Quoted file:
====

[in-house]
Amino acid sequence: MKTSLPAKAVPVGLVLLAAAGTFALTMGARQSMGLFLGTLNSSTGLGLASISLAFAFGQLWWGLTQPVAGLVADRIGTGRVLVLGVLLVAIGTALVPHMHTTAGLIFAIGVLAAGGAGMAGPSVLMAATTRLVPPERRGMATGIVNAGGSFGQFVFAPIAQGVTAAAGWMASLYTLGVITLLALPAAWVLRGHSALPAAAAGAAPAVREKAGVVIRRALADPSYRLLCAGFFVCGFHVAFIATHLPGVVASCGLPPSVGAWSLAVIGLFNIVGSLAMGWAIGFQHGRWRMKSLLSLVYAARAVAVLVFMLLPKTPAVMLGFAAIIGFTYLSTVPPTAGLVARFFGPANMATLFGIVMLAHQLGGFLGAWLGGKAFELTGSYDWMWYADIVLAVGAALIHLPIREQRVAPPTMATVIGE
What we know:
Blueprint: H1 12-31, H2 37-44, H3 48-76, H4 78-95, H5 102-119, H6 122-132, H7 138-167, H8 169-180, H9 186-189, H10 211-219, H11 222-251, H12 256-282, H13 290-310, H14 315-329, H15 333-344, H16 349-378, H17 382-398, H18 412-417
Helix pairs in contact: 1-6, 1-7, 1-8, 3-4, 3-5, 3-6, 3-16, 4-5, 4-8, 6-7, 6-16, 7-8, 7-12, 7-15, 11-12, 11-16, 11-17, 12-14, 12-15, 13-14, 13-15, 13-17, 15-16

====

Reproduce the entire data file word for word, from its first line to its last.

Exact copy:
[in-house]
Amino acid sequence: MKTSLPAKAVPVGLVLLAAAGTFALTMGARQSMGLFLGTLNSSTGLGLASISLAFAFGQLWWGLTQPVAGLVADRIGTGRVLVLGVLLVAIGTALVPHMHTTAGLIFAIGVLAAGGAGMAGPSVLMAATTRLVPPERRGMATGIVNAGGSFGQFVFAPIAQGVTAAAGWMASLYTLGVITLLALPAAWVLRGHSALPAAAAGAAPAVREKAGVVIRRALADPSYRLLCAGFFVCGFHVAFIATHLPGVVASCGLPPSVGAWSLAVIGLFNIVGSLAMGWAIGFQHGRWRMKSLLSLVYAARAVAVLVFMLLPKTPAVMLGFAAIIGFTYLSTVPPTAGLVARFFGPANMATLFGIVMLAHQLGGFLGAWLGGKAFELTGSYDWMWYADIVLAVGAALIHLPIREQRVAPPTMATVIGE
What we know:
Blueprint: H1 12-31, H2 37-44, H3 48-76, H4 78-95, H5 102-119, H6 122-132, H7 138-167, H8 169-180, H9 186-189, H10 211-219, H11 222-251, H12 256-282, H13 290-310, H14 315-329, H15 333-344, H16 349-378, H17 382-398, H18 412-417
Helix pairs in contact: 1-6, 1-7, 1-8, 3-4, 3-5, 3-6, 3-16, 4-5, 4-8, 6-7, 6-16, 7-8, 7-12, 7-15, 11-12, 11-16, 11-17, 12-14, 12-15, 13-14, 13-15, 13-17, 15-16